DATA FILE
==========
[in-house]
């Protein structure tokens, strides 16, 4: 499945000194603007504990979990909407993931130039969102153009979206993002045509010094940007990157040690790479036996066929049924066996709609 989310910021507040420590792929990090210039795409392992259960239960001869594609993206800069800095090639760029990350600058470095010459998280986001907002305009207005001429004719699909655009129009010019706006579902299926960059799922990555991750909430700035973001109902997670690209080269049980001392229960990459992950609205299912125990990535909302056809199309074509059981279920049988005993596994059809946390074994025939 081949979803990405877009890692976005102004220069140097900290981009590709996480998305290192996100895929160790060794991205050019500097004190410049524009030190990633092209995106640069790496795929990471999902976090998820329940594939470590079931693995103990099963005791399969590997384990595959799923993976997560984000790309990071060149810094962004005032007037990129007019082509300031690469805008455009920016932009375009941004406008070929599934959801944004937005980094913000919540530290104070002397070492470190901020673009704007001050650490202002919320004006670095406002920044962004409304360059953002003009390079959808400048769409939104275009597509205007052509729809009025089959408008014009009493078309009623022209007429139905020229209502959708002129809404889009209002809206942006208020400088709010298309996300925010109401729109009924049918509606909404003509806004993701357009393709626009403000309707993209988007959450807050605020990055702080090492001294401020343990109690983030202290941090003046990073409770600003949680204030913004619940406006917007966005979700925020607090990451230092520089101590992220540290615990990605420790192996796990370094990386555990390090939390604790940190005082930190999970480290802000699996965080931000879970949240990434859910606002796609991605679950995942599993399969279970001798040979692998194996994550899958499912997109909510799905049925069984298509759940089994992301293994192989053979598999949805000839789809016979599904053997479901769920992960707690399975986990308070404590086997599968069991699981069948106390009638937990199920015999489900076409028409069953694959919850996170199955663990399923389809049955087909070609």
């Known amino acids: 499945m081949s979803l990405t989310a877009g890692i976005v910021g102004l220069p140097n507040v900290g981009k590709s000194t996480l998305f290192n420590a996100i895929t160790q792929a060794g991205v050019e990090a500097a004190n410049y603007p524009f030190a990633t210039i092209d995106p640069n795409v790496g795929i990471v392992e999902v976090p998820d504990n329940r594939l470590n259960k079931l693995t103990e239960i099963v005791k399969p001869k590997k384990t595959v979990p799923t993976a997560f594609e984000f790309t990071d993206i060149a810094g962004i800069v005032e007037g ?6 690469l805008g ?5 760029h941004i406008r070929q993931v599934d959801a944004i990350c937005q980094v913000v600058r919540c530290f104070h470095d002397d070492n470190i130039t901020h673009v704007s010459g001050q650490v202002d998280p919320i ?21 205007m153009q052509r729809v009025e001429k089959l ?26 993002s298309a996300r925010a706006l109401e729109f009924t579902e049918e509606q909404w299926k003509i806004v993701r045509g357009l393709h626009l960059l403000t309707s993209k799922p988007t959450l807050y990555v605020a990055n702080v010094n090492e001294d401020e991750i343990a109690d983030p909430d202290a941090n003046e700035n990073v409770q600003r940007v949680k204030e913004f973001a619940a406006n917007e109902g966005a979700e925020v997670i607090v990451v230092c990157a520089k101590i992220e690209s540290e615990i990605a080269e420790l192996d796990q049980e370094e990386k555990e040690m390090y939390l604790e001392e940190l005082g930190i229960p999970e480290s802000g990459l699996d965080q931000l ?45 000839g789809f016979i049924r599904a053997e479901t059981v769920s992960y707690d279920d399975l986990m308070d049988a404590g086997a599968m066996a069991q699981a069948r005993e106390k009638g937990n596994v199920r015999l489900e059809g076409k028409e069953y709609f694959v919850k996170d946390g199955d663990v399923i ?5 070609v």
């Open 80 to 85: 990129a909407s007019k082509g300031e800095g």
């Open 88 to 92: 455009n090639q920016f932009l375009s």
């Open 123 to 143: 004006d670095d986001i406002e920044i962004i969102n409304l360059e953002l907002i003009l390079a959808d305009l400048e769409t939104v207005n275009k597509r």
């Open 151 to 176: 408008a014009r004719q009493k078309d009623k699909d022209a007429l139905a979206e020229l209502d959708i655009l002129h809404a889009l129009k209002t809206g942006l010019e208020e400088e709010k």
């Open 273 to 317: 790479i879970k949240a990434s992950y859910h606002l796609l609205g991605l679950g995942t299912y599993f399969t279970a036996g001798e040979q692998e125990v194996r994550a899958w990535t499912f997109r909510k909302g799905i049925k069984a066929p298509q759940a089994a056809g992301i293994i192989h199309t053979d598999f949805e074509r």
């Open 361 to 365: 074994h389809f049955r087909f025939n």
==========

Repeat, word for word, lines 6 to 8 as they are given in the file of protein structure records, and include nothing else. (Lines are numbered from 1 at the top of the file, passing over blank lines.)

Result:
């Open 123 to 143: 004006d670095d986001i406002e920044i962004i969102n409304l360059e953002l907002i003009l390079a959808d305009l400048e769409t939104v207005n275009k597509r």
């Open 151 to 176: 408008a014009r004719q009493k078309d009623k699909d022209a007429l139905a979206e020229l209502d959708i655009l002129h809404a889009l129009k209002t809206g942006l010019e208020e400088e709010k």
């Open 273 to 317: 790479i879970k949240a990434s992950y859910h606002l796609l609205g991605l679950g995942t299912y599993f399969t279970a036996g001798e040979q692998e125990v194996r994550a899958w990535t499912f997109r909510k909302g799905i049925k069984a066929p298509q759940a089994a056809g992301i293994i192989h199309t053979d598999f949805e074509r």